I take a different tack than my friend. I too embrace Gandhi’s suggestion to live simply so others can simply live. I want to do more with less. I too want a clean, green, healthy environment. But I also live simply because it seems the easiest way to be rich, free, and healthy—inside and out.
I remember explaining this to another wealthy friend. He'd just discovered that we owned three horses, and rode almost every day, throughout all the seasons.
“How can you afford horses?” he asked. “You’re a dirt poor hippy. I’m a corporate lawyer. I make twenty times what you make, and I can’t afford horses.”
I shrugged and asked, "Why not?" It turned out that his idea of owning horses, though, was quite different than mine.
I owned a purebred Appaloosa that forgot to spot. So, in spite of impeccable bloodlines, he couldn’t be registered, and had been gelded. He cost me less than 1/10 what a spotted Appaloosa with his breeding would cost. I rode him bareback. I traded nail-pounding for riding lessons and stabling. I cut hay for a neighbor in exchange for a years worth of feed.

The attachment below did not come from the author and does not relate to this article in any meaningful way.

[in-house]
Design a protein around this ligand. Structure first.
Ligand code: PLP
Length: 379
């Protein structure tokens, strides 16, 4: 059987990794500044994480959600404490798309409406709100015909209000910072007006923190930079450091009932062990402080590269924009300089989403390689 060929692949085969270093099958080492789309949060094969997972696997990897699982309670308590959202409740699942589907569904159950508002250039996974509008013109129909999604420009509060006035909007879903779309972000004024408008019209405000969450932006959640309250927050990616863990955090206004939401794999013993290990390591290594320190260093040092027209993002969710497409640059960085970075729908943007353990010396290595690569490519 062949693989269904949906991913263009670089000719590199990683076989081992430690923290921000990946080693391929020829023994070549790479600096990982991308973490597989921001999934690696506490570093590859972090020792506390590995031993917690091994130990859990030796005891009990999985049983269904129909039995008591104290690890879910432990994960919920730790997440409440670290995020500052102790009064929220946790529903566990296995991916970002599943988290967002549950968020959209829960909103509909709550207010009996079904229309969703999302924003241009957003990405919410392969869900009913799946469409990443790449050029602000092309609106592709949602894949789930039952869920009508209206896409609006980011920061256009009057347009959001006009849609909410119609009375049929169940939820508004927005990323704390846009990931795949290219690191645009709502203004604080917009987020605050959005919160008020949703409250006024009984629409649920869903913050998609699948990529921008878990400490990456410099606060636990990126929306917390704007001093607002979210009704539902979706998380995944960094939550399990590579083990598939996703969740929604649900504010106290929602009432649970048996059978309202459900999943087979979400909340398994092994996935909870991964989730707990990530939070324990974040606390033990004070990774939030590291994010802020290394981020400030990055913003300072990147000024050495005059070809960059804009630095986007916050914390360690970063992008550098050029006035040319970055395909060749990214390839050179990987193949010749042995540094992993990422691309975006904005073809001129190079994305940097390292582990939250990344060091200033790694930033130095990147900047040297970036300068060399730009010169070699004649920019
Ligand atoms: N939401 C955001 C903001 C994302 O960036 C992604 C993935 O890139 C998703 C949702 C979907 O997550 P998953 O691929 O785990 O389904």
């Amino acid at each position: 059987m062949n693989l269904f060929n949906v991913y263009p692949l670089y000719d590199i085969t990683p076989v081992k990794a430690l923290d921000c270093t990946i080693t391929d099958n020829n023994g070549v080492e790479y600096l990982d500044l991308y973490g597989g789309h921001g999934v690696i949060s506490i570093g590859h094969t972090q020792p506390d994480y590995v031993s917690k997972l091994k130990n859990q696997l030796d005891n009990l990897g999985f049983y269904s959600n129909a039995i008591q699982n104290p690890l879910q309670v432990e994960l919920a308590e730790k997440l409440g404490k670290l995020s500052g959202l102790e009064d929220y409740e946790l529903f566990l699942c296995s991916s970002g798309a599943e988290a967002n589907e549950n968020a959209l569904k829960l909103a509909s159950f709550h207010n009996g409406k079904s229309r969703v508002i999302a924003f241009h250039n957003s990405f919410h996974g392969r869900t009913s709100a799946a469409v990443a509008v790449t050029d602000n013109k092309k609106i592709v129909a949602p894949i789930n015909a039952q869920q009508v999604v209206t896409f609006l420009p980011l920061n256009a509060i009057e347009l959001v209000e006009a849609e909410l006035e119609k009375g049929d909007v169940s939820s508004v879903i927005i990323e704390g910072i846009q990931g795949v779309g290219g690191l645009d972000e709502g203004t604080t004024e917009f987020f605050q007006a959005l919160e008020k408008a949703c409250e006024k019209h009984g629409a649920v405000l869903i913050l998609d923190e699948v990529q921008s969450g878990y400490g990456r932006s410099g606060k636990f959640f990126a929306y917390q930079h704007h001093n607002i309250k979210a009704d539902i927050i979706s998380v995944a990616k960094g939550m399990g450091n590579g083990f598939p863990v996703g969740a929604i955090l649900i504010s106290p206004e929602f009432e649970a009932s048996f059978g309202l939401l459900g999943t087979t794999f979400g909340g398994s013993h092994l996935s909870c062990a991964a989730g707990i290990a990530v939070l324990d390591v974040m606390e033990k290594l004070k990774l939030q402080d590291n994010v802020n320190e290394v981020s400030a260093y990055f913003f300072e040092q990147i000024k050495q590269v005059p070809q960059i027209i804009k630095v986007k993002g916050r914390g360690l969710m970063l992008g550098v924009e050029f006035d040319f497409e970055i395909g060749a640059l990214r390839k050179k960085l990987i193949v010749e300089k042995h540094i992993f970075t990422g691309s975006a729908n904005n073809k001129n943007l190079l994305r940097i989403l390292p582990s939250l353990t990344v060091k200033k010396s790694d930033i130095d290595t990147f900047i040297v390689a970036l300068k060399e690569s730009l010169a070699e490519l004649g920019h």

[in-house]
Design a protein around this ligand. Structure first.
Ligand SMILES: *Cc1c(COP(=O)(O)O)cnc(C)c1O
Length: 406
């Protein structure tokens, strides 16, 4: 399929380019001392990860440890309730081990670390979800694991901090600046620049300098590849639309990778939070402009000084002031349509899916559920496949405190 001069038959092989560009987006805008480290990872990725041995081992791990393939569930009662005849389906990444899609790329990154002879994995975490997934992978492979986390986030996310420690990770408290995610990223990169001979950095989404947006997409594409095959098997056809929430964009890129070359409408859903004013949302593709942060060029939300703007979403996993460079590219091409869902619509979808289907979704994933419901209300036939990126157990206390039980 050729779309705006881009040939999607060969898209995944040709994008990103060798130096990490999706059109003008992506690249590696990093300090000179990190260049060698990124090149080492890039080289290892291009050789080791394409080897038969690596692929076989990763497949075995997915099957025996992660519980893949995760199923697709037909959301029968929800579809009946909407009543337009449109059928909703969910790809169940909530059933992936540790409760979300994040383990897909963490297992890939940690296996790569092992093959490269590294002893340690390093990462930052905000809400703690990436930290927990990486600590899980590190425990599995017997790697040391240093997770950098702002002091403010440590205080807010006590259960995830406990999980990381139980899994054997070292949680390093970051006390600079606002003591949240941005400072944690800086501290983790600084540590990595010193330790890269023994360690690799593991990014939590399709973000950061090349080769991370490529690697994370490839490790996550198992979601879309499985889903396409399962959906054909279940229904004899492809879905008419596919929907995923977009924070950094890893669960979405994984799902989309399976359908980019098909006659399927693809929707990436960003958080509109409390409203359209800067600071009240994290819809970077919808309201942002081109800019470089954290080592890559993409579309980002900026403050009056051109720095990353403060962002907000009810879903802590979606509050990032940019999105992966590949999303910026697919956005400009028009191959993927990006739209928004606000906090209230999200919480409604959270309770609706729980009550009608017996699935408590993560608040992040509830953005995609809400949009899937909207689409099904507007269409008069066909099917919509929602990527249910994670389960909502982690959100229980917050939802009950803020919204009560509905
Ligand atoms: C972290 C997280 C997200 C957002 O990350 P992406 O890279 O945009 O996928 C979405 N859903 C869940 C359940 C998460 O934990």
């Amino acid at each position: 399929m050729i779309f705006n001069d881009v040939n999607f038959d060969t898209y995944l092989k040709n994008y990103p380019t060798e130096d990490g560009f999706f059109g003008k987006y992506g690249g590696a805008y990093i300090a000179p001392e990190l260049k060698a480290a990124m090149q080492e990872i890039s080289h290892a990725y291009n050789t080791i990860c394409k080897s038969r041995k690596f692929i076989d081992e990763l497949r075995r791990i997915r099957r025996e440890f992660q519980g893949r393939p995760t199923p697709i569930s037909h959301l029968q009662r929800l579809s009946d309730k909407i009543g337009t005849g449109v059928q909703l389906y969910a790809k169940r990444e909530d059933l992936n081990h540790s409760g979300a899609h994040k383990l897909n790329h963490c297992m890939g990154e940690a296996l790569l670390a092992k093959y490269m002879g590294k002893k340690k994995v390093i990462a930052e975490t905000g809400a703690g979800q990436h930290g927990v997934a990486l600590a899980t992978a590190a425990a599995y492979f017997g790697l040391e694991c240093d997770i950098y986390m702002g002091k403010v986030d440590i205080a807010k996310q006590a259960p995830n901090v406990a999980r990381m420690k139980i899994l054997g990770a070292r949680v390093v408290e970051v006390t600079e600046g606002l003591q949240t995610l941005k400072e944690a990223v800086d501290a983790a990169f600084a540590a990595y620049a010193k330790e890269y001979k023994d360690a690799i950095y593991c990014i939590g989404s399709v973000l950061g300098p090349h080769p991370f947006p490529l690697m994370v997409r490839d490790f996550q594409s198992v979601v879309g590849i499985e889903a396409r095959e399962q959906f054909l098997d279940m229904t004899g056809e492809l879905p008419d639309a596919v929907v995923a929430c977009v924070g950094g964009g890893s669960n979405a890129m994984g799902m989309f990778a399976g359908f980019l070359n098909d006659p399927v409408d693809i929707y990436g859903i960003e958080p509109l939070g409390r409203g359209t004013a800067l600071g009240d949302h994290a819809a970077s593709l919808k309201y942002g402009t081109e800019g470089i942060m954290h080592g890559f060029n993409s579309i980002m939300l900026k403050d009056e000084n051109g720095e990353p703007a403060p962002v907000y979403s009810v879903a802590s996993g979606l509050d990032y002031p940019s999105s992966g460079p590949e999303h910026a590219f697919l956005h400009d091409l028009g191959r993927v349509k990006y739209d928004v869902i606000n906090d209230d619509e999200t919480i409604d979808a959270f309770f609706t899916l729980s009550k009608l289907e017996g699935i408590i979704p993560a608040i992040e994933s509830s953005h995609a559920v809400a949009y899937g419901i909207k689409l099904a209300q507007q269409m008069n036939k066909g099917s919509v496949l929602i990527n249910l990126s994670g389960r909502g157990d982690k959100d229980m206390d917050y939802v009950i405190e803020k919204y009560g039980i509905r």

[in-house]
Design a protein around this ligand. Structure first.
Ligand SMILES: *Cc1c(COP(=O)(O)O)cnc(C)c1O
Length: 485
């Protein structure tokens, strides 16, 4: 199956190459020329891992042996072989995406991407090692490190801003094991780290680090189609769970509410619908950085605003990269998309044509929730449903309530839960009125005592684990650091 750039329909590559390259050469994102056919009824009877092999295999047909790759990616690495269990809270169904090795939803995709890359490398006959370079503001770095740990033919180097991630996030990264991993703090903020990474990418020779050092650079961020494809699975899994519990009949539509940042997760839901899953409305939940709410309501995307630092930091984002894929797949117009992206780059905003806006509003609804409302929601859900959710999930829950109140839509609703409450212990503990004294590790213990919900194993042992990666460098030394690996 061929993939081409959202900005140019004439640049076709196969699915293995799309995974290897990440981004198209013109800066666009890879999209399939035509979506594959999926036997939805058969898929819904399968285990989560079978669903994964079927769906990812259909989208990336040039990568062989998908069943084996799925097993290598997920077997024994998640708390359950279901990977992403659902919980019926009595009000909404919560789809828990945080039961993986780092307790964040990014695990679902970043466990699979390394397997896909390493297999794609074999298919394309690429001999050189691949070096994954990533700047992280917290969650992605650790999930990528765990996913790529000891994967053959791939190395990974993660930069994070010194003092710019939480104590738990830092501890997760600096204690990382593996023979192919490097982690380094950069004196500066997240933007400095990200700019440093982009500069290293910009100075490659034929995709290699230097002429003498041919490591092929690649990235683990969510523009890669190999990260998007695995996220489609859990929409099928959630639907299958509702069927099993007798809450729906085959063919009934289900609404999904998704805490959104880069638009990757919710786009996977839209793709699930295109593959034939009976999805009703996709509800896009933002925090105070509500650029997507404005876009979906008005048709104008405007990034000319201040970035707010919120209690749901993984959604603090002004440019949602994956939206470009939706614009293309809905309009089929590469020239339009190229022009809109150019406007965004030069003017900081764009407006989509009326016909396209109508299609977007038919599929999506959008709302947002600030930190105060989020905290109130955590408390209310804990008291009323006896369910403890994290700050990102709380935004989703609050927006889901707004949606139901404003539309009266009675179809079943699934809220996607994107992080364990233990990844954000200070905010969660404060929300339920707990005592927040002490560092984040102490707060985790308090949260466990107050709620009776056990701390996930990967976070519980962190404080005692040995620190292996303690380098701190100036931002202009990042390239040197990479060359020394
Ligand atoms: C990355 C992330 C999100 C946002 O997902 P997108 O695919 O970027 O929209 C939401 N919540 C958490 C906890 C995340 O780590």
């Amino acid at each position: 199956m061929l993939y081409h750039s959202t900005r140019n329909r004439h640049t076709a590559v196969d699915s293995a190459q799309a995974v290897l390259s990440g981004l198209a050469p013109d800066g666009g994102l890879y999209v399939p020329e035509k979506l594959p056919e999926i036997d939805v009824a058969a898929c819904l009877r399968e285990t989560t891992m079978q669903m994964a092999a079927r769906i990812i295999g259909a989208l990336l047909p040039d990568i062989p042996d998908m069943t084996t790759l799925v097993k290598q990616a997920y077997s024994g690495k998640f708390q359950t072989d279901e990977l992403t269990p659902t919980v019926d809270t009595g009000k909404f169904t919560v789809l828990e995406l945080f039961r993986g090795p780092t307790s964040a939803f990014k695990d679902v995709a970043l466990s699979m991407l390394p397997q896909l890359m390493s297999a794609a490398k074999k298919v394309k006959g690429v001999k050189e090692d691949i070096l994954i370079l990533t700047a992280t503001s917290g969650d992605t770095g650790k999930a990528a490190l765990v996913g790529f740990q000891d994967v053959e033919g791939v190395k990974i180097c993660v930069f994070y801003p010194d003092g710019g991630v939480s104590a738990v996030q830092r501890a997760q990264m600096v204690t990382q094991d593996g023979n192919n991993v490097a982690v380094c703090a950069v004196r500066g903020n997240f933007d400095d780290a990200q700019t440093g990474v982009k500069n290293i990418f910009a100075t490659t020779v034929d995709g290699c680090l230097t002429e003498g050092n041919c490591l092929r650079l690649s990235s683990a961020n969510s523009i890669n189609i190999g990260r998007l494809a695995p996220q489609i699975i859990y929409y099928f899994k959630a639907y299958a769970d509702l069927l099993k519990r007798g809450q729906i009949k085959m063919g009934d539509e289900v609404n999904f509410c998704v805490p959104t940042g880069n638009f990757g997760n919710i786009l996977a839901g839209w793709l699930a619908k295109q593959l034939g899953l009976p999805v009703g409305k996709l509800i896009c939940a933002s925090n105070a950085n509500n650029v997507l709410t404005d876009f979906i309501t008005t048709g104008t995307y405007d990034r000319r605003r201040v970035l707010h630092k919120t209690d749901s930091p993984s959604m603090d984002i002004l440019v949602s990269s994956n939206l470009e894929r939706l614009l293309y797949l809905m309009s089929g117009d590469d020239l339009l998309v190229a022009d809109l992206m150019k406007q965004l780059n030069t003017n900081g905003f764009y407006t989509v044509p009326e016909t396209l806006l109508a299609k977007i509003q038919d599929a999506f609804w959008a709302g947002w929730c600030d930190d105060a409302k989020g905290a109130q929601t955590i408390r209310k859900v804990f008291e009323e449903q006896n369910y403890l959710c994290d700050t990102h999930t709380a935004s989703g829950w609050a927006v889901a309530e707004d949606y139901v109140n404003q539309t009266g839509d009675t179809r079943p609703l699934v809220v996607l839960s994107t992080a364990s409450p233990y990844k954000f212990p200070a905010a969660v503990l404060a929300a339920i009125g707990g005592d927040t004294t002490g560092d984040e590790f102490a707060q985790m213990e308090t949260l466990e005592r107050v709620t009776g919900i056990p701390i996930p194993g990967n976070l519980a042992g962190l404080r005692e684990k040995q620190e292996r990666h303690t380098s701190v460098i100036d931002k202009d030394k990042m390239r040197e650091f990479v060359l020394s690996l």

When I told my friend this, he laughed, “My God, if I bought horses, my wife would insist on buying best of breed and stabling them at Spruce Meadows (one of North America's most expensive stables).
“We’d have to buy complete sets of tack," he added, "and new riding clothes for she and I, and the girls. There’d be lessons, feed, vet bills, a 4-horse trailer. It would never end. We think about it, but there’s no way we can afford it. I can’t believe you guys own an Appaloosa!”
“Two,” I reminded him, “and an old quarter horse that still turns on a dime.”
The Promise of Simplicity
I live simply because I love its promise of freedom, richness, meaning, and genuines health and wealth. I love that I can do more, much more, with less.